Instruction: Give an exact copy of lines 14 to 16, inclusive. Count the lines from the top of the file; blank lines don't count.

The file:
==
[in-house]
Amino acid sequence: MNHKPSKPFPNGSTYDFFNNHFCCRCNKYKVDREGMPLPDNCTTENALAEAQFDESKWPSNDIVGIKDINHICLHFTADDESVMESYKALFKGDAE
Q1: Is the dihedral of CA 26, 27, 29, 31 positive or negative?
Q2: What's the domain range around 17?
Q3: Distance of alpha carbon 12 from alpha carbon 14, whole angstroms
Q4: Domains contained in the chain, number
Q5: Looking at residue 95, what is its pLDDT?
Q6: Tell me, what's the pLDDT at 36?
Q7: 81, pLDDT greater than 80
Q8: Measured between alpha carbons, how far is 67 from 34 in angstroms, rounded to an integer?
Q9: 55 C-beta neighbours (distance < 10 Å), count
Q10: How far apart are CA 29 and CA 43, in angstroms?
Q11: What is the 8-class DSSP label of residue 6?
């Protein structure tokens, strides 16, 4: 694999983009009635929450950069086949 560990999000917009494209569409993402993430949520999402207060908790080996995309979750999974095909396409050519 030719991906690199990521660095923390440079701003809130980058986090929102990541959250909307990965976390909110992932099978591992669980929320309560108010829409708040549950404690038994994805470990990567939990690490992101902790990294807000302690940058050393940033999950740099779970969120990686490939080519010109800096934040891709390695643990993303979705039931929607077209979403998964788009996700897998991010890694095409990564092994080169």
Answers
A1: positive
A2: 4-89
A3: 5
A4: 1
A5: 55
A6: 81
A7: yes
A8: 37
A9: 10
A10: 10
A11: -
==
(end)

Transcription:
């Protein structure tokens, strides 16, 4: 694999983009009635929450950069086949 560990999000917009494209569409993402993430949520999402207060908790080996995309979750999974095909396409050519 030719991906690199990521660095923390440079701003809130980058986090929102990541959250909307990965976390909110992932099978591992669980929320309560108010829409708040549950404690038994994805470990990567939990690490992101902790990294807000302690940058050393940033999950740099779970969120990686490939080519010109800096934040891709390695643990993303979705039931929607077209979403998964788009996700897998991010890694095409990564092994080169």
Answers
A1: positive